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I went from quilting on a DSM to a HQ Sweet Sixteen Sitdown machine to a Lenni and now to. a Lucey.  I only quilt for myself and some charity quilts. I love the machine quilting part as much as the piecing. I have no desire to quilt for business.   I loved my Sweet 16 but did not love the basting of the quilt sandwich, so that was the main reason I switched to a longarm. If you can rent time on a longarm to try it and you like it and can afford it, go for it.  


Kathy :)

2017 APQS Lucey

Janome 6600P

 

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I don't own a machine but am planning to purchase one when my house is paid off (a year and a half to go!).  However, I have been renting time on a Millie at a quilting studio.   I would highly suggest that you do this if possible.  There is a difference between demoing and doing your own quilts.   In addition to confirming or validating your decision, you will learn how to load a quilt and do pantos.   Then, when you get your machine, it won't be scary -- you will know just what to do!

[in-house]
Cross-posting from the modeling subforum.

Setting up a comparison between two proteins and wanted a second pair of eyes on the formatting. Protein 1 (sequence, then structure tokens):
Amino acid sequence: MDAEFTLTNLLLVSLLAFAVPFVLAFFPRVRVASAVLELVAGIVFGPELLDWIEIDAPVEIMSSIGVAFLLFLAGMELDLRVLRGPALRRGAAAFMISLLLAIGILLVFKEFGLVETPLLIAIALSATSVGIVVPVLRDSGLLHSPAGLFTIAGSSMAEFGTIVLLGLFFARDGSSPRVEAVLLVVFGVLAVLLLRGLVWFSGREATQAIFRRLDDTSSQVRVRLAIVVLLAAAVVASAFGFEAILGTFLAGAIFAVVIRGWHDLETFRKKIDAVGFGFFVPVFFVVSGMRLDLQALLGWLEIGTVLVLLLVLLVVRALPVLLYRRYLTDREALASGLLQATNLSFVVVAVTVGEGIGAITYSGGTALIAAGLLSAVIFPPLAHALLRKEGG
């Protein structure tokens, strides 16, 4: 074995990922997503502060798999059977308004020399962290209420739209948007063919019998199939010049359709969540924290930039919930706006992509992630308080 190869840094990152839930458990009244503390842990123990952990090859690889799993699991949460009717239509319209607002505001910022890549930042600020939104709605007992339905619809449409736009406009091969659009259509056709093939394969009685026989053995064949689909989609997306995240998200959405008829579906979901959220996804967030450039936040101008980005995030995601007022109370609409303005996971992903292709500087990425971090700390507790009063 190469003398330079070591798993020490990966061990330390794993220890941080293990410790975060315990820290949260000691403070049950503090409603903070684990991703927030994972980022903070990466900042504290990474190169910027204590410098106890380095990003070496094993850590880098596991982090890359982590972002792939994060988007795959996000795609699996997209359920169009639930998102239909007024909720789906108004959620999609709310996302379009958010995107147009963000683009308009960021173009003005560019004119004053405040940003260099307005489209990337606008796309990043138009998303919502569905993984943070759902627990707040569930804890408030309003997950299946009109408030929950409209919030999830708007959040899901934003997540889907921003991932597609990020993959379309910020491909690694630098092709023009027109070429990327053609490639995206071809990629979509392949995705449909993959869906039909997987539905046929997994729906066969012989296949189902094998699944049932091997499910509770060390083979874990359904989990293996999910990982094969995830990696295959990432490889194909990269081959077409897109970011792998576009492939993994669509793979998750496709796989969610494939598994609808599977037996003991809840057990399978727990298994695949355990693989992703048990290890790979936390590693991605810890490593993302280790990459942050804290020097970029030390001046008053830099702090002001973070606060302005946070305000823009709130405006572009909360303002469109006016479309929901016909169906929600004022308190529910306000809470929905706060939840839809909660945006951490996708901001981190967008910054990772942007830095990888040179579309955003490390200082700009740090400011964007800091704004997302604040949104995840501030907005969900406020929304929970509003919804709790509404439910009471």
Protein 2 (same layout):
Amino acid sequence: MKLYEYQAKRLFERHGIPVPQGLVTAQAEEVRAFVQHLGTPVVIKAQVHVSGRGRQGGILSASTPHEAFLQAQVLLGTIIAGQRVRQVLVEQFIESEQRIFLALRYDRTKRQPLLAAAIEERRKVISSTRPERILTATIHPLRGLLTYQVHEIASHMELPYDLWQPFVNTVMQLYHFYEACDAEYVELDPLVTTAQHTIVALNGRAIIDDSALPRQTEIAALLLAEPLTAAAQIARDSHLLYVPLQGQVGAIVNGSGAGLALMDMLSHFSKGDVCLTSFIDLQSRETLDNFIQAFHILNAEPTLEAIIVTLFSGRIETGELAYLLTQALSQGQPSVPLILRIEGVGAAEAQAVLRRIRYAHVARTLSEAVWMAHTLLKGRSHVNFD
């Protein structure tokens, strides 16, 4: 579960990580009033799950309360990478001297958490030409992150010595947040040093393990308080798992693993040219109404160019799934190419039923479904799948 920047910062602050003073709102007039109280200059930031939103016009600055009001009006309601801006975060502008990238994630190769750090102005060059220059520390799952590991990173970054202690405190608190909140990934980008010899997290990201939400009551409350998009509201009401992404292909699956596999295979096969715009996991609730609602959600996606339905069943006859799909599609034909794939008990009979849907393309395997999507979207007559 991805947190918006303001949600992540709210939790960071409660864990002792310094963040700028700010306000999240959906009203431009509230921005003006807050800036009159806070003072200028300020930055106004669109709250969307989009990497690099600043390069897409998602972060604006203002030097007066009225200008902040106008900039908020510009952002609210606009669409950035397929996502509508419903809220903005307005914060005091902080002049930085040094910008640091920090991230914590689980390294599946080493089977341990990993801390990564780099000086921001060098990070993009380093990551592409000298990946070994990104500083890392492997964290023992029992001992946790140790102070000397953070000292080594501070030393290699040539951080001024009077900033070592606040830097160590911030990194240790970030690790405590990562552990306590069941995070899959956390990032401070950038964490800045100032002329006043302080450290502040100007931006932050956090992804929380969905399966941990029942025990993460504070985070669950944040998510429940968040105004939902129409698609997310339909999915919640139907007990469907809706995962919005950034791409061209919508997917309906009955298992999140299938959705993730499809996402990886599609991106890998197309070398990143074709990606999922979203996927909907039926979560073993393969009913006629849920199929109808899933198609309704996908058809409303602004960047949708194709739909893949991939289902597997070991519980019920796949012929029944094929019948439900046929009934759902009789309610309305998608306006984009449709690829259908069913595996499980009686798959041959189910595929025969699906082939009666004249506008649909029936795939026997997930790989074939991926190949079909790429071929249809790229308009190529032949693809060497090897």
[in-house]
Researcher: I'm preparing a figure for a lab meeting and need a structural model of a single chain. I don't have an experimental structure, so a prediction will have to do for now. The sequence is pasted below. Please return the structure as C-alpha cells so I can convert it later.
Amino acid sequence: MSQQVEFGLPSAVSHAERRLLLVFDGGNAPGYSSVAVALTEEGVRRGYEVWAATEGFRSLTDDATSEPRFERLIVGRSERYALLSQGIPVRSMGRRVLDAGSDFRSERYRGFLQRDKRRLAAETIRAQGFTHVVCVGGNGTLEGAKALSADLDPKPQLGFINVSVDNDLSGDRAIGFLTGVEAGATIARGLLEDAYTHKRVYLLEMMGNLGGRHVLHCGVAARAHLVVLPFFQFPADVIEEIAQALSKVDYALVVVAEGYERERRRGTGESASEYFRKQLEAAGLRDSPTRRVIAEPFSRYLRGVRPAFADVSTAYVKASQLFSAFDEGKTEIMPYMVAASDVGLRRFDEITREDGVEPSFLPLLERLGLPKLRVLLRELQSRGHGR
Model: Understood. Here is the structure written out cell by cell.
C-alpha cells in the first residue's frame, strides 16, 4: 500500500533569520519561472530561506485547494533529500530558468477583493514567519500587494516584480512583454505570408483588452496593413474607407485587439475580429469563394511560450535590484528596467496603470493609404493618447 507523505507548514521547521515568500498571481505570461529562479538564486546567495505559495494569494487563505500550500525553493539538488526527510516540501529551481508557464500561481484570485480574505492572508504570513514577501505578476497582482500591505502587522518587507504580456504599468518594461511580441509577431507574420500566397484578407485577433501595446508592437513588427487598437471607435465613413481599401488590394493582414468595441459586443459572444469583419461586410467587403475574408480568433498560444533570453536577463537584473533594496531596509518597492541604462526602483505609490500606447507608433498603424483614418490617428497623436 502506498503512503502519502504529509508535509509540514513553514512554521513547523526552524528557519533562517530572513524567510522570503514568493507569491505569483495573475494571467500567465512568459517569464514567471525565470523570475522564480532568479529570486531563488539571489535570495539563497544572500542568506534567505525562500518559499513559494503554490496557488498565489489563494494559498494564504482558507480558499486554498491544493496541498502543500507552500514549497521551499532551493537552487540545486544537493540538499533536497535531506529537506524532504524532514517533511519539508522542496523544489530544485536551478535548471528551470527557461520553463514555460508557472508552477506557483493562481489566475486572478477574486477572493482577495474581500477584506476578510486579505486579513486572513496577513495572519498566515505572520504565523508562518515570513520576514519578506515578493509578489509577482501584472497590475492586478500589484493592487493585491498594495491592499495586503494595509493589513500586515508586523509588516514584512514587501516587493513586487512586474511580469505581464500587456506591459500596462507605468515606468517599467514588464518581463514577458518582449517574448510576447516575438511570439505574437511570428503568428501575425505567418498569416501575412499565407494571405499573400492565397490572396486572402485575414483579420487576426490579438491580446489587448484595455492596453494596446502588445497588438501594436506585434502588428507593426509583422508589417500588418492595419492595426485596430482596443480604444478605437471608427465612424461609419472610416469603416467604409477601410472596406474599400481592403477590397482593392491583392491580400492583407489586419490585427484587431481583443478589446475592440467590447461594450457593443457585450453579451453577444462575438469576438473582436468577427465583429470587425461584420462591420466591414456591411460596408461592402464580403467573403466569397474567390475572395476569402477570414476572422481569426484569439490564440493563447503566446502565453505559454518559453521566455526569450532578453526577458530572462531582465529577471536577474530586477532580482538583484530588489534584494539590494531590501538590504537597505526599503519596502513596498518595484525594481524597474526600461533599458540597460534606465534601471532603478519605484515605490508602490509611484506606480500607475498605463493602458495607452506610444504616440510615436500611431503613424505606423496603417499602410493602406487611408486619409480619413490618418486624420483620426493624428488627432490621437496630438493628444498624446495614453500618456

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Thank you for all of your responses, I took a longarm quilting lesson a year ago on a Baby Lock machine and got me thinking of a sitdown machine; after using a sitdown machine for 1 year I started to seriously thinking about owning a longarm machine.  The main reason is, like some of you, just not enjoying basting process, especially a big quilt meanwhile move quilt while quilting is a physical demanding job. I have a few bed size or bigger quilt tops been done for years, finally sent 2 of them to a local quilt shop to get the job done so I can use them.  We don't have any APQS dealer nearby; the quilt shops don't use APQS machines so I am excited about going to APQS road show to try it out in early Feb.  Thanks again for all of your input and information, really appreciated.


 

Christine

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I had a George for a few years with the future dream of a frame machine.  A couple years ago I was at the MN Quilt Show in Duluth and ended up with Lucey.  I had always figured that if life changed and I needed to support myself a quilting business would be my choice.  This summer our income was taken away through a business merger so I am starting that quilting business.  I am so glad I already had Lucey and some of the accessories that were nice to have available.  It is all paid for so I don't have to go into debt more to pay bills on the business tools.  Think ahead to your future, what do you want to be able to do?  What do you want to have on hand to make that future more enjoyable?  This worked out well for me since I am no longer driving due to a condition that keeps you safer on the road when I am not.